The players involved with the movie told Donner and Hughes they thought it should be a TV movie. Hughes had a TV deal with Aaron Spelling, who came aboard to executive produce. “Then the players involved were upset because John was writing out of Chicago instead of L.A.,” Donner said in Movie Moguls Speak. “They fired John and brought in a group of TV writers. In the end, John and I were muscled out. It was a good movie, but if you ever read John’s original script for Mr. Mom, it’s far better.”


Stan Dragoti ended up directing the film, but only after Hughes turned it down, because he preferred to make his movies in Chicago, not Hollywood. “I don’t like being around the people in the movie business,” Hughes told Roger Ebert. “In Hollywood, you spend all of your time having lunch and making deals. Everybody is trying to shoot you down. I like to get my actors out here where we can make our movies in privacy.” Hughes remained in Chicago and filmed his directorial debut, Sixteen Candles, there.


In 1982’s Night Shift, Keaton’s character works at a morgue and starts a prostitution ring with co-worker Henry Winkler. Donner had an agent friend, Laurie Perlman, who represented the not-yet-famous actor. She contacted Donner and pitched Keaton to her. “’Look, I represent this guy who is really funny. Would you meet with him?’" Donner recalled of the conversation. "So I met with him. Usually I don’t like to do this unless we’re casting, but I met with him because she was my friend. And then she said, ‘You have to see this movie Night Shift that he’s in.’ So I went to see Night Shift, and midway through I couldn’t wait to get out of that theater to give Mr. Mom to Michael Keaton. Fortunately, he liked it."

Keaton told Grantland that he turned down one of the main roles in Splash to play Jack Butler. “I just remember at the time thinking I wanted to get away from what I’d just done on Night Shift,” he said. “I thought if I do it again, I might get myself stuck. So then Mr. Mom came along. So I said no [to Splash] so I could set up this framework right away where I could do different things.”


Teri Garr, Michael Keaton, Taliesin Jaffe, Frederick Koehler, and Martin Mull in Mr. Mom (1983)
Shout! Factory

In 1983, more women stayed at home than worked, so it was a novelty for a man to be a stay-at-home dad. Today, an estimated 1.4 million men are stay-at-home dads, and 7 million men are their children's primary caregiver. “Mr. Mom became part of the vernacular,” Donner told Newsweek. “Mr. Mom represented a segment of men who were at home dealing with the kids who, up until then, really hadn’t been heard from. That’s what really told me about the power of film, because it spoke for a lot of men. It also helped women, because I think that women sometimes, if you’re a housewife, you’re not really appreciated for what you do. This sort of made women feel better about what they did because they knew that men were understanding it.”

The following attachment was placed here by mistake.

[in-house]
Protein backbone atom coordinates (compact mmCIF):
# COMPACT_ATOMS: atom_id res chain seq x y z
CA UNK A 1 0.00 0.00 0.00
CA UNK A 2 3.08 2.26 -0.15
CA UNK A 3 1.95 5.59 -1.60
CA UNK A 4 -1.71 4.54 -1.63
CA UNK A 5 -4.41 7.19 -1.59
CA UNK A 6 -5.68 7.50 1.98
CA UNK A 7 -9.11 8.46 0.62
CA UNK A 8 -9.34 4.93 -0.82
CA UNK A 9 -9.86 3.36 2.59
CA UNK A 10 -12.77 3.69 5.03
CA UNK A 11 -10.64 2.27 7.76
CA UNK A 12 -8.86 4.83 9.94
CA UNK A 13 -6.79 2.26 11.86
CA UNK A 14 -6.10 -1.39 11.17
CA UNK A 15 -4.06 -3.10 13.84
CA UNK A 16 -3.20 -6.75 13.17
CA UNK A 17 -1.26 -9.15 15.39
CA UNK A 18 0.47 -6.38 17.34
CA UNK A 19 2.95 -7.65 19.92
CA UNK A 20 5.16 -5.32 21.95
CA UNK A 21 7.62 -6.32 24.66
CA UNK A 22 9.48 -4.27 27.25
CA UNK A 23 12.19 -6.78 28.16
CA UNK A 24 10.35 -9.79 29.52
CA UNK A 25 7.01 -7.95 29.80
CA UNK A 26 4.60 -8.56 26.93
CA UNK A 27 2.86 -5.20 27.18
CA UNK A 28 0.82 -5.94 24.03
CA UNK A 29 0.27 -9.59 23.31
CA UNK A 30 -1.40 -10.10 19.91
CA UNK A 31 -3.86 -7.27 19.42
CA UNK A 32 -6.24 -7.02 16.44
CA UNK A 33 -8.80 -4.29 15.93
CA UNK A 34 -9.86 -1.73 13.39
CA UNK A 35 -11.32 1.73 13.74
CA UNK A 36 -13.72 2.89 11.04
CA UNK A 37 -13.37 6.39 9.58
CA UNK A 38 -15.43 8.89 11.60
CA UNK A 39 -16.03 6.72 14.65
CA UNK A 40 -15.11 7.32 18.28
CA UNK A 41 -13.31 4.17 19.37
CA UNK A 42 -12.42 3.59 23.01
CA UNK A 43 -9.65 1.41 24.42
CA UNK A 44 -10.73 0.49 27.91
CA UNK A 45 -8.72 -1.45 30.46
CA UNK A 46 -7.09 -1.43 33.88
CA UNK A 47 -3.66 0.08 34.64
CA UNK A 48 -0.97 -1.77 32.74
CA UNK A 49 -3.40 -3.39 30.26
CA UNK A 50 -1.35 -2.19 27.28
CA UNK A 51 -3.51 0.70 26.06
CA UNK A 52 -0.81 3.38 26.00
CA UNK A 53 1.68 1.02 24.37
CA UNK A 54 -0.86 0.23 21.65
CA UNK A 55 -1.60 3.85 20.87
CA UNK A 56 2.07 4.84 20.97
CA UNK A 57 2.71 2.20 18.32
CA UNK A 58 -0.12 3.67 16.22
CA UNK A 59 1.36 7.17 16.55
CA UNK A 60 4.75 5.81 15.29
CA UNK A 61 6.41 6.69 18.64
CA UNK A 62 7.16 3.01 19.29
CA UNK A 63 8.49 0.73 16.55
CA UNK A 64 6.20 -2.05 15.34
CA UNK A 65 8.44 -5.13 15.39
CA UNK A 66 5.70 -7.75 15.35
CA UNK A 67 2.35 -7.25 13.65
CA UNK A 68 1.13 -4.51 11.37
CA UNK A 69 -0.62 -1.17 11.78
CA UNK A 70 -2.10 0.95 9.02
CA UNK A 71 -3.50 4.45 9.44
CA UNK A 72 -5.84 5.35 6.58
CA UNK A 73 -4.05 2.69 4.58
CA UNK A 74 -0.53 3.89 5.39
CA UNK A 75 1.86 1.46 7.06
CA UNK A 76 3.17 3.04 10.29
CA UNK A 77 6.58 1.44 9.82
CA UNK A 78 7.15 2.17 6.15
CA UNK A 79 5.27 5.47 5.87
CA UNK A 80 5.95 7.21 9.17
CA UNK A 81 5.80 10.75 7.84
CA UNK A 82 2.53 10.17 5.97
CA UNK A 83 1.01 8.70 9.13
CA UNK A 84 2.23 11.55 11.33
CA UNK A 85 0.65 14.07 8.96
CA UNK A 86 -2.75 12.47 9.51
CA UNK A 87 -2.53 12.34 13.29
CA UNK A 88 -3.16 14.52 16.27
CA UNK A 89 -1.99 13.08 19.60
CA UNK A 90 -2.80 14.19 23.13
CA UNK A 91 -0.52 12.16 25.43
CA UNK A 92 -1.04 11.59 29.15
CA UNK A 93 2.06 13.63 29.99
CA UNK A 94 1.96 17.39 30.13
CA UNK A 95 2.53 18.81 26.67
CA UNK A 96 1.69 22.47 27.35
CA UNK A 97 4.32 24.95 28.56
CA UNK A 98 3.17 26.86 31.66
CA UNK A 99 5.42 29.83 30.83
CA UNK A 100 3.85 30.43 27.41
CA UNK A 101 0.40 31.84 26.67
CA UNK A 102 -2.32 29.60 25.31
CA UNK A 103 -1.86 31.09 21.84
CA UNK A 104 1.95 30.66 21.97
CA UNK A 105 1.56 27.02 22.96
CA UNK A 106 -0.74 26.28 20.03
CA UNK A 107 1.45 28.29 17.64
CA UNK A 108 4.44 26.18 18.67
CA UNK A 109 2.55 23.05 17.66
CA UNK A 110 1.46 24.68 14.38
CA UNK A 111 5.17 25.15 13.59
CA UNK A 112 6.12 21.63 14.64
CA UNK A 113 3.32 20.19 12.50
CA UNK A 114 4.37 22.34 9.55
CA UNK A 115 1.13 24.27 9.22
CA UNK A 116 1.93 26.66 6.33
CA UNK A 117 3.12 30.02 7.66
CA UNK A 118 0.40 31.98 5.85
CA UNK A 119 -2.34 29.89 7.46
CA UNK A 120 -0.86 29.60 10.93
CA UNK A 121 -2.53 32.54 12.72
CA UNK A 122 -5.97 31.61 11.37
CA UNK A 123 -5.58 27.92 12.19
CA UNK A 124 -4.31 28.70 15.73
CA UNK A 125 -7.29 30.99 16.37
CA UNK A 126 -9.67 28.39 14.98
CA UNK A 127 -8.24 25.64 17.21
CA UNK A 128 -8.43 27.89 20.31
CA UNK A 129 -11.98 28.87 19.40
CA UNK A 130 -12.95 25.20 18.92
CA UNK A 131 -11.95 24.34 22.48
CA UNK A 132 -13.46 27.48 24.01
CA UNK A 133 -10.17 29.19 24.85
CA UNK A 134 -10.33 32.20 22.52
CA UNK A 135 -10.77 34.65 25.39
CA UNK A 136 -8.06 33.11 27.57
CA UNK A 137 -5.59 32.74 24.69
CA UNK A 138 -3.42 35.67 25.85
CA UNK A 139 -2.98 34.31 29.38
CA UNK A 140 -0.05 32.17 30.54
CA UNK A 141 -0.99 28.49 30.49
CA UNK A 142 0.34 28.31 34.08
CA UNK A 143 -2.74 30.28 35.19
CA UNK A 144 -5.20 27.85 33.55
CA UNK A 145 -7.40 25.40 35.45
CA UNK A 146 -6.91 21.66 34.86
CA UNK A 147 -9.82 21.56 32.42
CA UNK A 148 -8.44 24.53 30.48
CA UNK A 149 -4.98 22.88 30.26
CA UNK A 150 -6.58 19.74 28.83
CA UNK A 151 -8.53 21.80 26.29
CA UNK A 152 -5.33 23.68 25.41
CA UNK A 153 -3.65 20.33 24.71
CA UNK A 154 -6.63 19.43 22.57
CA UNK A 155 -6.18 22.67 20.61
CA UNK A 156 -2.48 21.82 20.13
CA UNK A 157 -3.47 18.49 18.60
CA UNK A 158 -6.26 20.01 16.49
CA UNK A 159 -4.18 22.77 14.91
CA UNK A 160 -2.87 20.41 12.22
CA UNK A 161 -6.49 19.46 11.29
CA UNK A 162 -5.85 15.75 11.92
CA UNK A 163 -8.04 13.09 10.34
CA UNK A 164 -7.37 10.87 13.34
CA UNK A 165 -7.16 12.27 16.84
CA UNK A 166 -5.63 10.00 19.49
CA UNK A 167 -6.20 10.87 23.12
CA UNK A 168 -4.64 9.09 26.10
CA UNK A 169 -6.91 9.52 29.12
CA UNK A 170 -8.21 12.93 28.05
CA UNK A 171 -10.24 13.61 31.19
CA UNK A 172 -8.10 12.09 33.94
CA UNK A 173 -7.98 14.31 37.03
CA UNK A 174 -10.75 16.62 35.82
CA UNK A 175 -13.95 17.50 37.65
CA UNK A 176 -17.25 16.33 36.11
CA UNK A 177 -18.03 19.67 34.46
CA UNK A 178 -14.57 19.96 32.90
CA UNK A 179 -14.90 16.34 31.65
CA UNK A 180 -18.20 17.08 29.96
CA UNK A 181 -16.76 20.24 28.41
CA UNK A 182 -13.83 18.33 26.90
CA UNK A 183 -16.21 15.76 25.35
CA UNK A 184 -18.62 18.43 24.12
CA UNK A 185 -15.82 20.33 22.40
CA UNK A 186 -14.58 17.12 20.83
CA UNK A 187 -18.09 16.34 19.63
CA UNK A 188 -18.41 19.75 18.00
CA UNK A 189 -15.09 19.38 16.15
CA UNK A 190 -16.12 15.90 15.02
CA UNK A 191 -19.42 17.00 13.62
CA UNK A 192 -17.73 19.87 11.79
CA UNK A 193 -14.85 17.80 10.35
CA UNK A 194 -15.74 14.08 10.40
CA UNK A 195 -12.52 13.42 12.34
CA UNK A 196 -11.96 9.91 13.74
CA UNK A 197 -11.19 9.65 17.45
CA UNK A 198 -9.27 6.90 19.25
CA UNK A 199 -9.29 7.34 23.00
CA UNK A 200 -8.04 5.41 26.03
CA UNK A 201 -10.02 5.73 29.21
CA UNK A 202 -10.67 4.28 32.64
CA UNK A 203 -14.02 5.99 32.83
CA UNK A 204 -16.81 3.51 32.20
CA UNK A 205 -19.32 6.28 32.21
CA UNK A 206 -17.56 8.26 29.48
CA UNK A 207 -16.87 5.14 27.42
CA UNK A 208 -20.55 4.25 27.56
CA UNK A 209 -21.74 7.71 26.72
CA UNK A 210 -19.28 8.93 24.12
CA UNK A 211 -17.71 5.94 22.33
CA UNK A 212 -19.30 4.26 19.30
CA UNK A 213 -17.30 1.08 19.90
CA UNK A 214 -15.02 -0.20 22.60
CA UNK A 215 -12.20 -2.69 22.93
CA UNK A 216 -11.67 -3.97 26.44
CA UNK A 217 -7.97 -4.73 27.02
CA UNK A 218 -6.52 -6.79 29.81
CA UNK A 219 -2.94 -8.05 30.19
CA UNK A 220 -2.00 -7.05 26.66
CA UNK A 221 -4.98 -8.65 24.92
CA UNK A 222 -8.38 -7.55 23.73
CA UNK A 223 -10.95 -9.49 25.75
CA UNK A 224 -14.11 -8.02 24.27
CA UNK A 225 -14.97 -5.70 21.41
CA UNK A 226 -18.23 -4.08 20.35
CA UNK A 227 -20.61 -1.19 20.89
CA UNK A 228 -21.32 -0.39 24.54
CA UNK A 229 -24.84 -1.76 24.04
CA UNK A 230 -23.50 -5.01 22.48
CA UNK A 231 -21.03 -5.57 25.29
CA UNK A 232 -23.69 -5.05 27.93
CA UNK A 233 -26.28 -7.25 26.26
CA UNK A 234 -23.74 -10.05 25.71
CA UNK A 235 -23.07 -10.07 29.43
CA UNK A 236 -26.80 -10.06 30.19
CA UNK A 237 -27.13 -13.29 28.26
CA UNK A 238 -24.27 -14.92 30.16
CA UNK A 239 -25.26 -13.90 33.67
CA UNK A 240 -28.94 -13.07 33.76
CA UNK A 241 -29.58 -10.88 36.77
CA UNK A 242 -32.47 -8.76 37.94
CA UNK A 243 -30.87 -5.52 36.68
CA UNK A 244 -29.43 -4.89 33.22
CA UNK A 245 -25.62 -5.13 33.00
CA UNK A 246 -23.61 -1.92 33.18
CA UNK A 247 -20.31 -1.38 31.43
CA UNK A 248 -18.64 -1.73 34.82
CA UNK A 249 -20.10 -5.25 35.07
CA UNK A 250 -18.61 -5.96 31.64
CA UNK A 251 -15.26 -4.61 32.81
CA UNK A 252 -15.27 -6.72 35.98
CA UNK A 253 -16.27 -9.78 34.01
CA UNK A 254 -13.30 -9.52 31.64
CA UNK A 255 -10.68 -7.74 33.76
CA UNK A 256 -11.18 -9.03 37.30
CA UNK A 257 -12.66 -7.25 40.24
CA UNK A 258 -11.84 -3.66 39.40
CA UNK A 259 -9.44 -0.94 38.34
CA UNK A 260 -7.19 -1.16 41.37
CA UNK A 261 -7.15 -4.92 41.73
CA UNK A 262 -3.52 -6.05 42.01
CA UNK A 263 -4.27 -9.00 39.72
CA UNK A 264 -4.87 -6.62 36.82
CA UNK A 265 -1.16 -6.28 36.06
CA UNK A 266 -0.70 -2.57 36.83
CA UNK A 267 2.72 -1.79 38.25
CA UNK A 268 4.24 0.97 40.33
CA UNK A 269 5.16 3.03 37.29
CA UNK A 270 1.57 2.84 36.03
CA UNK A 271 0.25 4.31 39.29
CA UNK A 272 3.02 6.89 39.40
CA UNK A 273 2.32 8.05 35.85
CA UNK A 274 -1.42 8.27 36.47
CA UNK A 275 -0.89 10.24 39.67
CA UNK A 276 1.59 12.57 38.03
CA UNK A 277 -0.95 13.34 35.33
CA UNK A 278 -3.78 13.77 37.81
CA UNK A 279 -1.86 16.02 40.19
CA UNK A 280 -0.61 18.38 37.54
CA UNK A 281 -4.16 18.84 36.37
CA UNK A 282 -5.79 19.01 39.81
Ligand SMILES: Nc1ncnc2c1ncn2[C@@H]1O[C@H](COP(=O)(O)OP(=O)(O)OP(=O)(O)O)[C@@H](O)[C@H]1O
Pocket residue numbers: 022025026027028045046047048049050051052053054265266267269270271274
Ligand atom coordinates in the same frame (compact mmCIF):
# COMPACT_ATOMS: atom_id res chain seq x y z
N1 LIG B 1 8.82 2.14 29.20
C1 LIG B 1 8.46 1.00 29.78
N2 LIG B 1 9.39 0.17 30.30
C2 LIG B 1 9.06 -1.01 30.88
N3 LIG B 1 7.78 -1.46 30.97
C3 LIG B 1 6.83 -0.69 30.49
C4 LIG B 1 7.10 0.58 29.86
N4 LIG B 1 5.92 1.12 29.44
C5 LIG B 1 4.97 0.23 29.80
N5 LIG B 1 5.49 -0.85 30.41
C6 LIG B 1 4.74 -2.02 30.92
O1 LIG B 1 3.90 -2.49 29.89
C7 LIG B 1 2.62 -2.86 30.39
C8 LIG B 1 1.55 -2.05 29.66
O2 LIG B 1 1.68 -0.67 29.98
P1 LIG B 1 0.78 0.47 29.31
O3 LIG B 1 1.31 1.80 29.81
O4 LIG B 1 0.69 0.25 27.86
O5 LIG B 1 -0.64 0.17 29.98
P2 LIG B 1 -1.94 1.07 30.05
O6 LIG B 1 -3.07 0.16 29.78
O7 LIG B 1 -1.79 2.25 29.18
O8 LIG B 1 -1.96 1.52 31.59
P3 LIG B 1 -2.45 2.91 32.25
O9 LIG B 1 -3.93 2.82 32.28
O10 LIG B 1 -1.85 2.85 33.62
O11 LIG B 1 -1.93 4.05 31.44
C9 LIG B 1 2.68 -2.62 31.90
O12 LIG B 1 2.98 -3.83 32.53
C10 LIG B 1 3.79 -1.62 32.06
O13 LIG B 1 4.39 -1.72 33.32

More than 30 years after the film’s release, stay-at-home dads feel the term “Mr. Mom” should die. The National At-Home Dad Network launched a campaign to terminate the phrase and instead have people refer to men as “Dad.” In 2014 Lake Superior State University voted to banish “Mr. Mom” from the lexicon.

“At least, the pop-culture image of the inept dad who wouldn’t know a diaper genie from a garbage disposal has begun to fade,” wrote The Wall Street Journal, after declaring “Mr. Mom is dead.”


The movie redefined gender roles, but when the producers pitched the premise to Garr, they hid the plot reversal. “They just told me it was about a guy who does the work that a woman does, because it’s so easy,” she told The A.V. Club. “And I went, ‘Oh, yeah. Ha ha.’ It’s so easy. All the women I know who stay home and take care of their kids, they go, ‘Oh yeah, this is easy.’ Hmm.”


The quote everyone remembers from the movie comes from Jack, holding a chainsaw, standing next to Ron Richardson (Martin Mull) and discussing what kind of wiring Jack will use in renovating the house: “220, 221, whatever it takes,” Jack says.

“We’re doing the scene and it was okay,” Keaton told Esquire. “And I remember saying to the prop guy, ‘Go find me a chainsaw.’ When he comes back with it, he says, ‘You wanna wear these?’ And he holds up some goggles. I go, ‘Yeah.’ You know, they make me look crazy. And when Martin shows up, I know I should look under control, I’m not sweating it. I’m a dude. So we’re standing there, Martin pulls me aside and says, ‘You know what you ought to say? When I ask about the wiring, you oughta just deadpan: ‘220, 221.’ I died. It was perfect. I may have added ‘whatever it takes.’ But it was his.”

“That was a little ad-lib that we just threw in, but every carpenter or construction person I’ve ever worked with, they’re always quoting that line from Mr. Mom,” Mull told The A.V. Club.